“In my opinion, there should be more training for women to help their scientific development and more tolerance on the speed in producing scientific results. You could never expect a mother spending the same time and energy on work as their male colleagues.” 

Julia Maibach, Researcher, Karlsruhe Institute of Technology (KIT), Germany

1). ”Together with my team, I explore surface and interface phenomena in rechargeable batteries using various photoelectron spectroscopy techniques.”

“We focus mainly on understanding and improving the processes leading to the solid electrolyte interphase on negative electrodes in lithium ion batteries but also expand to post-Li battery chemistries.”

2). “I have always been excited to learn and driven by curiosity. Working in science, I get to follow those passions every day. I also got fascinated by experimental work early on during my studies and I still enjoy experiments with all the struggles and failures that become all worth it in the little moments of success when you realize that you just observed or understood something, that nobody has before.”

“I chose the field of energy research because I saw it as an opportunity to make a meaningful contribution to some of the biggest problems we face in society. Time will tell if we succeed.”

3). “Sadly, I have not yet found a magic solution to help achieve gender equality in battery research.”

“Personally, I try to share my passion for the topic in my teaching and every other opportunity to inspire students to join this exciting research field. Just like I have been inspired by female role models, especially during my Post Doc years.”

Maeva Philippot, PhD student, Vrije Universiteit Brussel, Belgium

1). “My research interest is on environmental and social impacts of batteries. The full life cycle is included, from raw material extraction (mining) to end of life (recycling).”

“In Life Cycle Assessment (LCA) I assess not only greenhouse gas emissions but also other impacts such as particulate matter formation, acidification, toxicity and water scarcity. In social Life Cycle Assessment, I study the impacts on the workers, mainly, all along the value chain. I study current technologies: NMC, NCA and silicon based anodes, but also future technologies such as solid state and lithium metal anode.

2). “I have always been interested in science. As long as I remember maths and sciences were my favorite subjects at school. I was also pushed by my mother that would have wanted to study science however her parents didn’t let her to do so.”

3). “That’s a tough question! First question would be, how to get more women into science? Obviously, having women models is very important. In the media, women experts are scarce which probably is a wrong message to young people. Communication is for me a key.”

Edel Sheridan, Senior Researcher, Sintef, Norway

1). “Currently my work focuses on supporting research and coordinating both industrial and academic stakeholders in the field to generate a common vision and agenda for Battery Research in Europe. As deputy of the Batteries Europe ETIP and a member of Battery 2030+, I have the opportunity to work with expert groups across the entire value chain.”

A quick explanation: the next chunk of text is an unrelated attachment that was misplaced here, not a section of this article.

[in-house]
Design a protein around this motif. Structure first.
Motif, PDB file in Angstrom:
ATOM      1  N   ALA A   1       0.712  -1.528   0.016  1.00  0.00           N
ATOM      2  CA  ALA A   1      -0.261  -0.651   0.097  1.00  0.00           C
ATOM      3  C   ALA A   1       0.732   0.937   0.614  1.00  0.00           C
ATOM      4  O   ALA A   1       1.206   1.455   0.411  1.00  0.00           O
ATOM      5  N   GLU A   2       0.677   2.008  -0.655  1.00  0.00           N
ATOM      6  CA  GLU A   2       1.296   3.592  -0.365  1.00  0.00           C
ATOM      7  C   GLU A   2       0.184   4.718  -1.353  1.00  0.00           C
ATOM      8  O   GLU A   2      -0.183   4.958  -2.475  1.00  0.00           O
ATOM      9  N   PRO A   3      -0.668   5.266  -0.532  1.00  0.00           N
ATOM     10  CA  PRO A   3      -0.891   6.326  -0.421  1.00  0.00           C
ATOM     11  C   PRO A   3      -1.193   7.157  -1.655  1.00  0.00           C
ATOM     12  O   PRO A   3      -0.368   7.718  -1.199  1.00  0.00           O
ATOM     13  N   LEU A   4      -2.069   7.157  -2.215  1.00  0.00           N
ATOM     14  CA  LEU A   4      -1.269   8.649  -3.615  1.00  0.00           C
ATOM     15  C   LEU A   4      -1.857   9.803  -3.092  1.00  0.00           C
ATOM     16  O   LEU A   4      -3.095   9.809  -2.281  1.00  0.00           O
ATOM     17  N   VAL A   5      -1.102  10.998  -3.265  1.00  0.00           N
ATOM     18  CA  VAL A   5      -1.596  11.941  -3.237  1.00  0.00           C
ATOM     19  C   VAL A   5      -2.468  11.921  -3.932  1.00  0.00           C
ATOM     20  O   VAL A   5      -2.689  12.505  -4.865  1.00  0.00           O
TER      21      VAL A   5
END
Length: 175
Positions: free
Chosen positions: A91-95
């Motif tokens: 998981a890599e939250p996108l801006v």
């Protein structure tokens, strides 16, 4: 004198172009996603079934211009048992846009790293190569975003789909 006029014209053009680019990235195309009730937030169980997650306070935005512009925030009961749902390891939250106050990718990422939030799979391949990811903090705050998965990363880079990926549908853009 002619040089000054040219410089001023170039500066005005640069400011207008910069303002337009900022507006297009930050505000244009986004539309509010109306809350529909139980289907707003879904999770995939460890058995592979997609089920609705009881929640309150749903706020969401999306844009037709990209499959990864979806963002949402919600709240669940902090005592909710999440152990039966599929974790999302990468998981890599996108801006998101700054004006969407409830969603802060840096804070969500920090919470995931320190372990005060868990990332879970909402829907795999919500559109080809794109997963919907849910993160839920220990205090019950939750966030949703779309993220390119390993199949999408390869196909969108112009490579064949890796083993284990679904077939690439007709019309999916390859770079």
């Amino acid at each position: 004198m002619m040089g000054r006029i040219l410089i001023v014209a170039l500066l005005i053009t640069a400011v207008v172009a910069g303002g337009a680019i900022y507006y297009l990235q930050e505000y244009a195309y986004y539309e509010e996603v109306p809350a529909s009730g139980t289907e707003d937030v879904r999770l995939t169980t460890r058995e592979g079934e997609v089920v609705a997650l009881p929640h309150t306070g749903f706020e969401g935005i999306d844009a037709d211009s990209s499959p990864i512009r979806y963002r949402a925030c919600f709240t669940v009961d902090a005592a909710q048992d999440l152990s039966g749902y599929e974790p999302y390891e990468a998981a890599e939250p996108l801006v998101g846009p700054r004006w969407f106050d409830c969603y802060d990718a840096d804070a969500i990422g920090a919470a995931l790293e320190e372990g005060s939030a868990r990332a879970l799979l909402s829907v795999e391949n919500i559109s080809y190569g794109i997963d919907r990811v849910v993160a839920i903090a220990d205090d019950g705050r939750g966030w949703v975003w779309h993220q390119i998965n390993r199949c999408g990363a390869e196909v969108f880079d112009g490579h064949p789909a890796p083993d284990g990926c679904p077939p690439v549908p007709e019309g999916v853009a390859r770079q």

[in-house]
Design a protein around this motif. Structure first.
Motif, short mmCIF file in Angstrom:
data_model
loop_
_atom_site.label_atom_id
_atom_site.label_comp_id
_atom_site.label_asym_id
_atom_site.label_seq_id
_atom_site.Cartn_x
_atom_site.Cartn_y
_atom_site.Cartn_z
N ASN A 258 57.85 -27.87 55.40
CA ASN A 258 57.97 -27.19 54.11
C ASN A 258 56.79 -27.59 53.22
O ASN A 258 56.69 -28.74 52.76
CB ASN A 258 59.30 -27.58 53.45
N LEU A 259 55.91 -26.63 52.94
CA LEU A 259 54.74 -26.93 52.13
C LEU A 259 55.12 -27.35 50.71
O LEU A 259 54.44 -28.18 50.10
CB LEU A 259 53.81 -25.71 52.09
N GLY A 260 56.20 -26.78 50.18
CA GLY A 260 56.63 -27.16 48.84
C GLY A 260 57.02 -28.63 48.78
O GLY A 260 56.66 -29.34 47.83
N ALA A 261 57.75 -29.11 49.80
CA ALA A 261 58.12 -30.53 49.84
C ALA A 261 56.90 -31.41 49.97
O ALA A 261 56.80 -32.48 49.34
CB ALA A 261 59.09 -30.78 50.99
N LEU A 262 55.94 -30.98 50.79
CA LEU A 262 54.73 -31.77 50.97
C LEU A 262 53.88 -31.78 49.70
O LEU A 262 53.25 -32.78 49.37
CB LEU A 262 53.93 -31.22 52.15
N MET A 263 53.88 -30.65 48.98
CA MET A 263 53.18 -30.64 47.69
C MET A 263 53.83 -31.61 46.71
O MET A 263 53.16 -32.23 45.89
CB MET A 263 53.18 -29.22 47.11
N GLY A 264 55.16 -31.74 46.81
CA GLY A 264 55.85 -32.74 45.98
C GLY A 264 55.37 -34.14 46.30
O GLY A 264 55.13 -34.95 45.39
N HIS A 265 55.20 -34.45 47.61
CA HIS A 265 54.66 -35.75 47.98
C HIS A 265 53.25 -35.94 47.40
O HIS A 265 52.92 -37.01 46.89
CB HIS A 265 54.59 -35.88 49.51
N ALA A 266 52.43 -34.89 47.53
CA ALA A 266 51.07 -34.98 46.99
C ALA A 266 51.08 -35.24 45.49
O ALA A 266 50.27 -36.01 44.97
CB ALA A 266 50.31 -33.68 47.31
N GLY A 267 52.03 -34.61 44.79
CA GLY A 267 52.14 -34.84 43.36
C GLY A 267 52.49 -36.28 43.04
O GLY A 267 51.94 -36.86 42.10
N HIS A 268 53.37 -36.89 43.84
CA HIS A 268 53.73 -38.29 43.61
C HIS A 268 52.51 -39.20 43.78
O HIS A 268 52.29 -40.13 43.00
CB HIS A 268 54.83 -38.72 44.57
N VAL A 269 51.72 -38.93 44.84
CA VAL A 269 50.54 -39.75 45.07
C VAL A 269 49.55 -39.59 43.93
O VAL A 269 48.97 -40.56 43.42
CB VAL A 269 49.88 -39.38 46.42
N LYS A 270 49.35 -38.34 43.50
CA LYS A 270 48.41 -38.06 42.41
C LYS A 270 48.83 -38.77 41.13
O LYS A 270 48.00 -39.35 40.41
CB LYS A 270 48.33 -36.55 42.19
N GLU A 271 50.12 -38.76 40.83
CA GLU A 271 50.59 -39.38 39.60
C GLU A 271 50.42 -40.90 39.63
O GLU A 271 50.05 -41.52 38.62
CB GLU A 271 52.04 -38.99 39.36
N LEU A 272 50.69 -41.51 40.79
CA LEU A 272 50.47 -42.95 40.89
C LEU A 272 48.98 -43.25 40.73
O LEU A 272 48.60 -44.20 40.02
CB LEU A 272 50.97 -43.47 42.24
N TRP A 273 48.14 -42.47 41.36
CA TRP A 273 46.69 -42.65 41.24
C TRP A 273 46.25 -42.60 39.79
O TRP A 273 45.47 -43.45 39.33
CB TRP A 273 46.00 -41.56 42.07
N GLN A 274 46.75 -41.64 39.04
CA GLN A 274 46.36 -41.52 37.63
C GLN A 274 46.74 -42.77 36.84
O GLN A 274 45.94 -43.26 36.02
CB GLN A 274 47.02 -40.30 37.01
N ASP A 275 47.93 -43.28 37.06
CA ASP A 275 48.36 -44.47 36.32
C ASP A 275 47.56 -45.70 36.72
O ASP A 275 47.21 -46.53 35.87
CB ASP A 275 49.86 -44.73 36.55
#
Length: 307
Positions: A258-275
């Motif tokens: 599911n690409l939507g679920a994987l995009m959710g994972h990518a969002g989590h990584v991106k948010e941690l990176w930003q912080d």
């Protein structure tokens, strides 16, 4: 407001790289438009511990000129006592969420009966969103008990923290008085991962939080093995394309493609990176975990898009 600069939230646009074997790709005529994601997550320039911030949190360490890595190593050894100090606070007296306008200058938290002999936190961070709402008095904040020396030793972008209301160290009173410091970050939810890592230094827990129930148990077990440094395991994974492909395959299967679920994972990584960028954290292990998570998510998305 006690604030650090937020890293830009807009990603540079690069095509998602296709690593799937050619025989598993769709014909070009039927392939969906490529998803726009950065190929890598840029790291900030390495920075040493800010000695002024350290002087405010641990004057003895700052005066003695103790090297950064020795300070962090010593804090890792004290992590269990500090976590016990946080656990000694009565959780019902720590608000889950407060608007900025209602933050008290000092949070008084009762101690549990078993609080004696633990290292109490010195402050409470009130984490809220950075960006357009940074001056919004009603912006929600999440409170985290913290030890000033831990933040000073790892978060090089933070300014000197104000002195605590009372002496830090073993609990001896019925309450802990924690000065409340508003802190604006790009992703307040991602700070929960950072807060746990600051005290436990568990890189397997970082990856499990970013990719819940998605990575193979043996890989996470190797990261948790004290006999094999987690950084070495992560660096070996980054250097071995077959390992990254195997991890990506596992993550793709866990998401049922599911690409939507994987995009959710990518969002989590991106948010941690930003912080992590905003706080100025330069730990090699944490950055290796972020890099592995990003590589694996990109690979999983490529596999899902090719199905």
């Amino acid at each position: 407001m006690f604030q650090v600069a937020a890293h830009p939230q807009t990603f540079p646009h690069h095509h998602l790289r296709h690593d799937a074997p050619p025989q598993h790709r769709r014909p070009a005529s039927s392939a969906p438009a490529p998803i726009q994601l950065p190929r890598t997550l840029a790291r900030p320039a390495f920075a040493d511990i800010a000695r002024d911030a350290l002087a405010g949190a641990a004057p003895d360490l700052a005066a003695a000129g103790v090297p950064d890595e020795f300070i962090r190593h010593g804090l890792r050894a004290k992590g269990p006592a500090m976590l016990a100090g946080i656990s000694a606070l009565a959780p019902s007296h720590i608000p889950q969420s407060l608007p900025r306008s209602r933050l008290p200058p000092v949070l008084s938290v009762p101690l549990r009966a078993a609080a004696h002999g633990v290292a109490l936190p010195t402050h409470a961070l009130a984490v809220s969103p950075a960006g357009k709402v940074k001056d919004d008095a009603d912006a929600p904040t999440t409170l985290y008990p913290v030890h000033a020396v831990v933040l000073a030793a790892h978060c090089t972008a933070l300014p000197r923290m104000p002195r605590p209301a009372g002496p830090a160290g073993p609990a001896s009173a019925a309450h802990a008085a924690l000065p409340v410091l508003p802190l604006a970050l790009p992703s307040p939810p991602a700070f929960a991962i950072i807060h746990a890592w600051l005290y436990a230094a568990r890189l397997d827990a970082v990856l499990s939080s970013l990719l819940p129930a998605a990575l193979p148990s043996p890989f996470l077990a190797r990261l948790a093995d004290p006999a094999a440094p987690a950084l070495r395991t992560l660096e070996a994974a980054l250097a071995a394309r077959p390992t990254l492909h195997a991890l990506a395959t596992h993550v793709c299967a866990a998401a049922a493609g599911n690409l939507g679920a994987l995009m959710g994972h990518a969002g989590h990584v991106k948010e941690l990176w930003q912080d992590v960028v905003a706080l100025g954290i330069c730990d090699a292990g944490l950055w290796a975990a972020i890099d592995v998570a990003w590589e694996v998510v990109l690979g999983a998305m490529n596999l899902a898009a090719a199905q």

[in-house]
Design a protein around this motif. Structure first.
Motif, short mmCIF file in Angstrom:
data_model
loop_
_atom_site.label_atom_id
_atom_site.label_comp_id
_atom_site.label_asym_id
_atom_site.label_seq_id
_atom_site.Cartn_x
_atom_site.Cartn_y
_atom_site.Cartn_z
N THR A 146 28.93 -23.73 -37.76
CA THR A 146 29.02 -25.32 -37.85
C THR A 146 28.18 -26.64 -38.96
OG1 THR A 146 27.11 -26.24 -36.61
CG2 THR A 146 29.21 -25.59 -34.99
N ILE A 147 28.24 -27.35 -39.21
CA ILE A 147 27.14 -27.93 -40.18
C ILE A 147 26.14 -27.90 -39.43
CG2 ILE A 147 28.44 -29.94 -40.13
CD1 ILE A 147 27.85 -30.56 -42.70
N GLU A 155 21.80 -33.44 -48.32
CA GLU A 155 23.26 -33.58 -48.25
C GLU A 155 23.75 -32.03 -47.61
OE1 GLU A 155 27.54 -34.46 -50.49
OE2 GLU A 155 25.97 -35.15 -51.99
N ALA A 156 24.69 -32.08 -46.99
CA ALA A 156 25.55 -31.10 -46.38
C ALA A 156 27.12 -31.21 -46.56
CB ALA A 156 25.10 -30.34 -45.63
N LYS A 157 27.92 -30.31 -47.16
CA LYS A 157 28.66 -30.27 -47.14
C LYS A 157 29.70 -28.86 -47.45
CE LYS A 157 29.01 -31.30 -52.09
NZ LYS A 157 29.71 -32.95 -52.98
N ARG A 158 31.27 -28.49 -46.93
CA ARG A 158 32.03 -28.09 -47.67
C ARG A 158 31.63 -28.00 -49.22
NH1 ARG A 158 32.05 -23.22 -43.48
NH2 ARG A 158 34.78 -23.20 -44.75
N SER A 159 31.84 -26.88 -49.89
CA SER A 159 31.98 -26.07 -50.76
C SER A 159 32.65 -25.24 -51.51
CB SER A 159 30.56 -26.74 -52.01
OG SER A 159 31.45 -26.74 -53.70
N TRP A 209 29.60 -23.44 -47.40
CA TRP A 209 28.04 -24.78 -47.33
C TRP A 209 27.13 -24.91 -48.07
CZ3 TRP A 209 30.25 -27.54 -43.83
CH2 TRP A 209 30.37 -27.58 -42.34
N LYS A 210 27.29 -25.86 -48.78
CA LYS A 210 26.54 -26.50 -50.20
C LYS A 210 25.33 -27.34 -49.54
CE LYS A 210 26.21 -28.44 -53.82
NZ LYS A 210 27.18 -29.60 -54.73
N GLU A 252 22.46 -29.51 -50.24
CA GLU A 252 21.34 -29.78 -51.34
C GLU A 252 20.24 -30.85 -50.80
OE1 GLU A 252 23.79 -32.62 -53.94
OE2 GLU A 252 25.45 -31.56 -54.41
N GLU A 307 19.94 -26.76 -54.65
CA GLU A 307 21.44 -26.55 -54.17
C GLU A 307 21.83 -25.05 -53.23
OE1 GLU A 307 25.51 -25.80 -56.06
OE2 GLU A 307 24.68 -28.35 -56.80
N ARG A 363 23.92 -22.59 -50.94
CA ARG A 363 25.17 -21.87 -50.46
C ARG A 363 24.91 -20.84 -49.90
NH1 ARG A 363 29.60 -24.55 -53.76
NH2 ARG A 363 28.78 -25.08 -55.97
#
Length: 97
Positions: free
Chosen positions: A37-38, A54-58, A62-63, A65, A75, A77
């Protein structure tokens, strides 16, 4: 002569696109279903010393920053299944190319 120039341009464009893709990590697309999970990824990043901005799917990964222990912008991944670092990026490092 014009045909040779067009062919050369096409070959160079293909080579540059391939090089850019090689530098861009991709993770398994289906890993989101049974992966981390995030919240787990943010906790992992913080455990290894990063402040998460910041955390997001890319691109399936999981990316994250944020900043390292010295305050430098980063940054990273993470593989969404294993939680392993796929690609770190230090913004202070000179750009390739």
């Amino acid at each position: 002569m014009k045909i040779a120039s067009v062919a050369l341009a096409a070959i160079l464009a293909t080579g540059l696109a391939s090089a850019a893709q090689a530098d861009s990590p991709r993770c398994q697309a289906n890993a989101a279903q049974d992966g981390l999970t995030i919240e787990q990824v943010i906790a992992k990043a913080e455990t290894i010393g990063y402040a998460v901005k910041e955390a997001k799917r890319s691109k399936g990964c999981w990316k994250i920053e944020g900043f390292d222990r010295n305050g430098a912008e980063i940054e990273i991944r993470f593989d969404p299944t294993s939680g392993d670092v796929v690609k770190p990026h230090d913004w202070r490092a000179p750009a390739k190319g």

“At Sintef we carry out research across the battery value chain from advanced materials and manufacturing to integration and recycling. We work with and strongly support companies who aim to bring both battery cell and pack production and materials to the market.”

“Earlier I carried out laboratory research in the areas of Li ion batteries, supercapacitors and metal air batteries, but in addition to batteries I have synthesised catalysis for fuel cells, developed gas separation membranes and investigated electrochemical sensors.”

“Having a varied background carries with it the advantages of a wide knowledge base from which one can combine concepts across different disciplines, giving birth to new ideas.  I would recommend every researcher, to occasionally read some publications outside your field of expertise.”

2). “I enjoyed science in school and had an excellent chemistry and biology teacher, Mrs Doolin who encouraged me to apply for a science degree. I took my teachers advice and during my studies at Maynooth University in Ireland, I had the good fortune to study under the Department of Chemistry, which had an unusual acclaim in that there was gender balance among the academic staff.”

“I found both my BSc and PhD studies very interesting. Research provided the opportunity to discover and create something entirely new which is always motivating, exciting and endlessly challenging.”

3). “During my career I have had a series of women mentors who normalized the idea of women in research.”

“When I presented at my first academic conference, it was a shock for me to discover that the world of electrochemistry had very few female researchers. I clearly remember a lecture hall filled with a sea of men in dark suits punctuated by one or two brightly dressed women.”

“My PhD supervisor Professor Carmel Breslin was an influential role model to me and thought me by example, not to be daunted or discouraged by the gender inequality in the field and indeed encouraged me to speak up and be heard. I have experience that there are also many men who strongly support a better gender balance in academia.”

“In order to get more women in to battery research, we need to provide more female role models and mentors. Industry and Academia need to make provision for and support women, particularly those who chose to have children."